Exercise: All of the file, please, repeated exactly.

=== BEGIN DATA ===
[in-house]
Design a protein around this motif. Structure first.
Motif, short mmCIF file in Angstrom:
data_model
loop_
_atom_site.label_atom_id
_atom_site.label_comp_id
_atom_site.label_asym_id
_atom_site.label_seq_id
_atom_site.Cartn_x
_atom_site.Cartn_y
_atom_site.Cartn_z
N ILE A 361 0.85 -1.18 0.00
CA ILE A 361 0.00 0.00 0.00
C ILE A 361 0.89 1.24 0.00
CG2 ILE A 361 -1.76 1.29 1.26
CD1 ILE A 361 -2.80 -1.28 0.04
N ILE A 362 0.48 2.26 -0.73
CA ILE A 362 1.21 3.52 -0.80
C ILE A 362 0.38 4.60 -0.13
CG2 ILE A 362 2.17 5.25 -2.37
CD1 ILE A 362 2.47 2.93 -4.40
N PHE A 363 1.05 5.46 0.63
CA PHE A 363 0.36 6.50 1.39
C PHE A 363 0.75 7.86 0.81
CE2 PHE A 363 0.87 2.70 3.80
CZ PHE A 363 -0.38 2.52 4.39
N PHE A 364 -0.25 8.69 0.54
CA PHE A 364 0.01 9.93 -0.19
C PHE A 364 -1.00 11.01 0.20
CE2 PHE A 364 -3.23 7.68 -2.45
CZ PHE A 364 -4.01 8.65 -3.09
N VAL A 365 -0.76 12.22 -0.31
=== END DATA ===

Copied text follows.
[in-house]
Design a protein around this motif. Structure first.
Motif, short mmCIF file in Angstrom:
data_model
loop_
_atom_site.label_atom_id
_atom_site.label_comp_id
_atom_site.label_asym_id
_atom_site.label_seq_id
_atom_site.Cartn_x
_atom_site.Cartn_y
_atom_site.Cartn_z
N ILE A 361 0.85 -1.18 0.00
CA ILE A 361 0.00 0.00 0.00
C ILE A 361 0.89 1.24 0.00
CG2 ILE A 361 -1.76 1.29 1.26
CD1 ILE A 361 -2.80 -1.28 0.04
N ILE A 362 0.48 2.26 -0.73
CA ILE A 362 1.21 3.52 -0.80
C ILE A 362 0.38 4.60 -0.13
CG2 ILE A 362 2.17 5.25 -2.37
CD1 ILE A 362 2.47 2.93 -4.40
N PHE A 363 1.05 5.46 0.63
CA PHE A 363 0.36 6.50 1.39
C PHE A 363 0.75 7.86 0.81
CE2 PHE A 363 0.87 2.70 3.80
CZ PHE A 363 -0.38 2.52 4.39
N PHE A 364 -0.25 8.69 0.54
CA PHE A 364 0.01 9.93 -0.19
C PHE A 364 -1.00 11.01 0.20
CE2 PHE A 364 -3.23 7.68 -2.45
CZ PHE A 364 -4.01 8.65 -3.09
N VAL A 365 -0.76 12.22 -0.31